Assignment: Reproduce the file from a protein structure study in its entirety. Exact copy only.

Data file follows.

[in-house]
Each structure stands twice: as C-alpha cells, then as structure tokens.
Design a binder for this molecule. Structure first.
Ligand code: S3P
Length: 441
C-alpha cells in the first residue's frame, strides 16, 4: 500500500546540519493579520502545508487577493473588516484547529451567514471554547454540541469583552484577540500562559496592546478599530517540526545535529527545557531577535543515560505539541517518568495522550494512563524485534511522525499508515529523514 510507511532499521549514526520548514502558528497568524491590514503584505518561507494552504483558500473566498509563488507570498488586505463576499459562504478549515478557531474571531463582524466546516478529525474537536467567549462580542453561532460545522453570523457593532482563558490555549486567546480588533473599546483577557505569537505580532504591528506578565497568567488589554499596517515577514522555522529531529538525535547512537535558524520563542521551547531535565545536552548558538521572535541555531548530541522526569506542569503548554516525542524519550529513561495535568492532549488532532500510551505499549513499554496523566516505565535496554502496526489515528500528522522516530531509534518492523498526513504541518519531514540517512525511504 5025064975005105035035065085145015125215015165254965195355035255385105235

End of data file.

[in-house]
Each structure stands twice: as C-alpha cells, then as structure tokens.
Design a binder for this molecule. Structure first.
Ligand code: S3P
Length: 441
C-alpha cells in the first residue's frame, strides 16, 4: 500500500546540519493579520502545508487577493473588516484547529451567514471554547454540541469583552484577540500562559496592546478599530517540526545535529527545557531577535543515560505539541517518568495522550494512563524485534511522525499508515529523514 510507511532499521549514526520548514502558528497568524491590514503584505518561507494552504483558500473566498509563488507570498488586505463576499459562504478549515478557531474571531463582524466546516478529525474537536467567549462580542453561532460545522453570523457593532482563558490555549486567546480588533473599546483577557505569537505580532504591528506578565497568567488589554499596517515577514522555522529531529538525535547512537535558524520563542521551547531535565545536552548558538521572535541555531548530541522526569506542569503548554516525542524519550529513561495535568492532549488532532500510551505499549513499554496523566516505565535496554502496526489515528500528522522516530531509534518492523498526513504541518519531514540517512525511504 5025064975005105035035065085145015125215015165254965195355035255385105235